The Year in Music Business

Like the classic "unravelling sweater” cartoon gag, for the past few years the music business has been franticly trying to knit itself back together at the top, while the arse falls even faster out of ’er at the bottom. But if events of 2007 are an indication, the unravelling is slowing and we are finally seeing concrete evidence of the shape of a stable Music Business 2.0.

Apple kicked off the year by reporting ginormous holiday iPod sales, giving Apple an even more massive share of the digital music market through the continued dominance of the iPod-iTunes-MP3 triumvirate. Apple’s success is due to its format flexibility: MP3 is non-brand specific; the MP3s sold by the iTunes store, iTunes itself, and iPods will run on both Mac and PC. Microsoft’s portable digital music device Zune, and many other MS-driven devices will only run on your Windows system. (This is meant to prevent illegal file swapping, but it severely limits playability between devices. Consumers who legitimately purchased music files find this really, really annoying.)

Apple’s smash hit season was bad news for major labels, who preferred to support Microsoft’s Windows Media Digital Rights Management (DRM) system, which they saw as placing tighter controls on their property in the digital market. But Apple’s gleeful, strategic poaching of Microsoft system users, and its persuasive branding among early adopters of technology and music have made "the Apple way” the standard, which put the writing on the wall for DRM-loaded file formats and Microsoft’s Active-X platform. Indeed, in February, Apple put forth a frank, passionate and entirely self-serving plea for the worldwide abandonment of DRM on music files. In April, EMI announced it would offer its catalogue of DRM-free tunes in the premium AAC format through iTunes and Universal followed suit with a limited catalogue release, while Warner held out against iTunes and, in the person of CEO Edgar Bronfman, stomped around righteously for a time, but by mid-summer had announced a partnership with DRM-free music-swap site Lala.com. Meanwhile, up here in Canada, digital retailer Puretracks.com finally came up with a workaround to its Mac-rejecting Active-X server and offered a library of DRM-free MP3s that both Mac and Windows users could buy.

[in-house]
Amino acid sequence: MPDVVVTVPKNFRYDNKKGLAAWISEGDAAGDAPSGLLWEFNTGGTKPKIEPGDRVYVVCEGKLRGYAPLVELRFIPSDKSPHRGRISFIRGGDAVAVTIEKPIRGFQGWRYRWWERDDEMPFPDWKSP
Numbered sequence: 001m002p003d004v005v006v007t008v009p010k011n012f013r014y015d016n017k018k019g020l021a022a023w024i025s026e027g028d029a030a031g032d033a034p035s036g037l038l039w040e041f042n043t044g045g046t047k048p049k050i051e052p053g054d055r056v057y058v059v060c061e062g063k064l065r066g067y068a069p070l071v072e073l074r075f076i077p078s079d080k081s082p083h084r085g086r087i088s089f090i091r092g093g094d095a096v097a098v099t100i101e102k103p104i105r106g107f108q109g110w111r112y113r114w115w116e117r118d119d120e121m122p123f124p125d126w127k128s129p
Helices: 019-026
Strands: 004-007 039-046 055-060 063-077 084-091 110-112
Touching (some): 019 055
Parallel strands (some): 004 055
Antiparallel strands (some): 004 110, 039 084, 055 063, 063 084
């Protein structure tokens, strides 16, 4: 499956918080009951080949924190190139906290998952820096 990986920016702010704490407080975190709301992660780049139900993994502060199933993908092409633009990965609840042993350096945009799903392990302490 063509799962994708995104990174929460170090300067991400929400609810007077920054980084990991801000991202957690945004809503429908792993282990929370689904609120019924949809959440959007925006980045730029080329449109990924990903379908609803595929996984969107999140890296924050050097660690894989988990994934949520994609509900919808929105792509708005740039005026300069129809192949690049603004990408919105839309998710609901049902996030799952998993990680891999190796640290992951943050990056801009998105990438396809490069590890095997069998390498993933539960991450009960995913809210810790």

Thus, a hard lesson learned and a rule for Music Business 2.0 is just good business sense: make it easy, not hard, for consumers to buy your stuff. The migration of music sales to the digital world over the past few years also raised interesting concerns, questions, and opportunities for music publishers. Music publishers are in the business of exploiting mechanical rights (the right to mechanically reproduce copyrighted music) and performance rights (the right to perform copyrighted music in a public venue). Record labels have to pay mechanical royalties to publishers when they reproduce a number of CDs; and businesses that publicly perform music, like radio stations, ice rinks, cafes and so on, have to buy licenses which revenues later get divvied up as performance royalties. In March 2007, music publishers represented by CSI (CMRRA/SODRAC — two major mechanical royalty agencies) successfully lobbied the Copyright Board for mechanical royalties from online music services, including a reproduction royalty of 8.8 percent of consumer price per permanent download. And this fall, SOCAN, which deals in performance rights, also scored performance royalties from online music services.

The combined CSI and SOCAN royalty on a permanent download is 12.2 percent of what the consumer pays. Happily for consumers, it is not likely that the cost of downloads will go up commensurately. So the big struggle between artists, labels, distributors and music service providers is "Whose pocket is this going to come out of?” The impulse of the music business in similar past situations has been to pass new costs and charges on down the line to the last poor souls in the chain — the bands themselves. Thus, we may see the musician’s share of the download dollar getting smaller. On the other hand, music publishers will see new revenues, meaning that smart musicians should make sure their publishing rights are properly administered. RIAA (the Recording Industry Association of America) continued its merry march to hell. Since 2002, RIAA has attempted to sue dead grannies, underage kids, random computer owners and people who don’t own computers — pretty much anyone in the phone book — in its ongoing effort to make an example of its own customers. ("We’ll teach YOU to want music!!”) This fall, a bad case made worse law when RIAA’s suit against Jammie Thomas, a 30-year-old Ojibwa mother from Minnesota, resulted in her getting smoked with $222,000 in fines for violating the copyrights of 24 songs. That’s $9,250 per song, folks — songs that, if Thomas had been willing or able to buy legally — would have cost her about a buck apiece, with a profit to the copyright owner of maybe 50 cents each. How this outcome makes sense to anyone but a sleek passel of Porsche-driving litigators, we’ll never know.